"* * * It is admitted that the fact that a railroad is the shipper or consumer is not a circumstance or condition that affects the carriage, nor can the different uses to which the coal may be put, and it would seem necessarily that any other extraneous condition or circumstance could have no greater potency. * * *" (Emphasis supplied.)


The "controlling use" of an article determines the classification under a tariff. Continental Can Co. v. United States, 272 F.2d 312, 315 (2nd Cir.1959). In that case, the Federal Maritime Board held that "packer's tumblers" which had been shipped as "empty jars" should have been classified as "tumblers," and that Section 16 had been violated. Continental sold, and its customers purchased, "packer's tumblers" for packaging purposes under a special price list which described them as such. The Second Circuit set aside the Board's order because it appeared that the "controlling use" of "packer's tumblers" was as containers for packaging.


The present case is distinguishable. Bartlett-Collins did not list the articles as "packer's tumblers" in its catalogue, and did not identify any Venezuelan consignee as a packer. Its contention was that the mere possibility that tumblers might be capped and used as jars or packer's tumblers should control the tariff classification. Moreover, the catalogue and loading tally descriptions were not followed in preparing the ocean bills of lading. These facts seem to us to justify the Board's inference that Bartlett-Collins and Freight Forwarding had falsely classified the shipments in order to obtain a more favorable ocean freight rate.


Be that as it may, however, it was shown that on the ocean bills of lading Freight Forwarding had classified as "empty glass jars" or "glassware jugs" the following articles: nappies (round serving dishes), jugs (pitchers), stemware, cookie jars, sherbet glasses, ashtrays, beverage sets, table glassware, decanter sets, juice extractors, flower bowls, sugar bowls and cream pitchers. In these instances, false classification seems obvious.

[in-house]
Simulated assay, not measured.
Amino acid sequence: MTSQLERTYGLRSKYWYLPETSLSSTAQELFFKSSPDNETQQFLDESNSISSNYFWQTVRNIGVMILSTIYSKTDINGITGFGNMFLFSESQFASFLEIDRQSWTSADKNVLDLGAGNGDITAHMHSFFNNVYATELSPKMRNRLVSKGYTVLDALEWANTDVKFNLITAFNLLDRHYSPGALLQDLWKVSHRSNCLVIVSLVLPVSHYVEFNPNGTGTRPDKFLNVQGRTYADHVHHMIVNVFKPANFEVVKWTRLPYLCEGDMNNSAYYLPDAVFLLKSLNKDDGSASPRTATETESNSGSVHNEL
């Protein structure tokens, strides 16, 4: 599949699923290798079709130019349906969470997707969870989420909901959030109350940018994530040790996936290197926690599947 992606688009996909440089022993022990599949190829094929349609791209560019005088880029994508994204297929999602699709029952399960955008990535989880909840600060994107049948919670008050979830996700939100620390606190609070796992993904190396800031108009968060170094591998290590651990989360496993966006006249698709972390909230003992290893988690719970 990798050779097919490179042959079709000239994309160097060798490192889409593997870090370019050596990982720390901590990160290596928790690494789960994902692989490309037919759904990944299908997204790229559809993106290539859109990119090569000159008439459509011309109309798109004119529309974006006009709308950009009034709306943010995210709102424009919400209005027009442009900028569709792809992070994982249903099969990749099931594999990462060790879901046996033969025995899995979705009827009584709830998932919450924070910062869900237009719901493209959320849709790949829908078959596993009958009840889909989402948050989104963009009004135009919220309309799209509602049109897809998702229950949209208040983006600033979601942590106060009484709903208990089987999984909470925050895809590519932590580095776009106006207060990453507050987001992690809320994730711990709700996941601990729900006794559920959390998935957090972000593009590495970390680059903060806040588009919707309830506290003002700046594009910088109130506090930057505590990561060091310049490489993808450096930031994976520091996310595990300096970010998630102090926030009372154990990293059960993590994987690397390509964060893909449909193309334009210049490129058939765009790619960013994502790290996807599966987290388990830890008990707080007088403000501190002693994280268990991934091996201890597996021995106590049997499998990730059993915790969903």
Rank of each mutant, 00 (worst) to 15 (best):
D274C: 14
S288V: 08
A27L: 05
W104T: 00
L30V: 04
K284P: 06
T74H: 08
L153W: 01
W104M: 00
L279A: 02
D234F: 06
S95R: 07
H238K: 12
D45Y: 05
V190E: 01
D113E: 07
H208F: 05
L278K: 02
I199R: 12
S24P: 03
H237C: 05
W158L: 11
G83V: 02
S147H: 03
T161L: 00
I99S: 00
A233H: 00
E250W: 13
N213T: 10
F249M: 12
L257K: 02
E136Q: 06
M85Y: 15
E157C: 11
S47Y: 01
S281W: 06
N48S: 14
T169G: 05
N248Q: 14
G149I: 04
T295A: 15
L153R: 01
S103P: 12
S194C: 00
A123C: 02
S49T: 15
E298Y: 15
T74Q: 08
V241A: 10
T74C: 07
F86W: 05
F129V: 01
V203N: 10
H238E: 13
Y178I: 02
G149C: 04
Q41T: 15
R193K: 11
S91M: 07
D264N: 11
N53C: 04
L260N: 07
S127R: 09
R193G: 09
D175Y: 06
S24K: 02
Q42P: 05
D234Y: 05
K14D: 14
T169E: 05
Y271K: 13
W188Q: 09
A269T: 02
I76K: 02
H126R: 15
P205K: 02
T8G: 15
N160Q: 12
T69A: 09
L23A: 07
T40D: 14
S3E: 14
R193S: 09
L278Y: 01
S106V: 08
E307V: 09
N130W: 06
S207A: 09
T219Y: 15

Section 16 is violated only if the false classification was "knowingly and willfully" made. The Supreme Court discussed these words in United States v. Illinois Central R. Co., 303 U.S. 239, 58 S.Ct. 533, 82 L.Ed. 773 (1938). The Government alleged the railroad company knowingly annd willfully confined cattle in a car for 37 hours without unloading them, and sought to recover the penalty therefor which was provided by the statute prohibiting such confinement. The railroad company said its yardmaster negligently failed to notify the employees whose duty it was to unload and argued that, therefore, it had not "knowingly and willfully" confined the cattle so long. The Court said, at pages 242-243, 58 S.Ct. at pages 534, 535:


"Mere omission with knowledge of the facts [i. e. knowingly] is not enough. The penalty may not be recovered unless the carrier is also shown `willfully' to have failed. In statutes denouncing offenses involving turpitude, `willfully' is generally used to mean with evil purpose, criminal intent or the like. But in those denouncing acts not in themselves wrong, the word is often used without any such implication. * * * [I]t often denotes that which is `intentional, or knowing, or voluntary, as distinguished from accidental,' and that it is employed to characterize `conduct marked by careless disregard whether or not one has the right so to act.' * * *"


We conclude the Board correctly held that Bartlett-Collins and Freight Forwarding had violated Section 16 of the Act.


With respect to the ocean carriers, we reach a different conclusion. We quote the following from the Board's recital of the facts: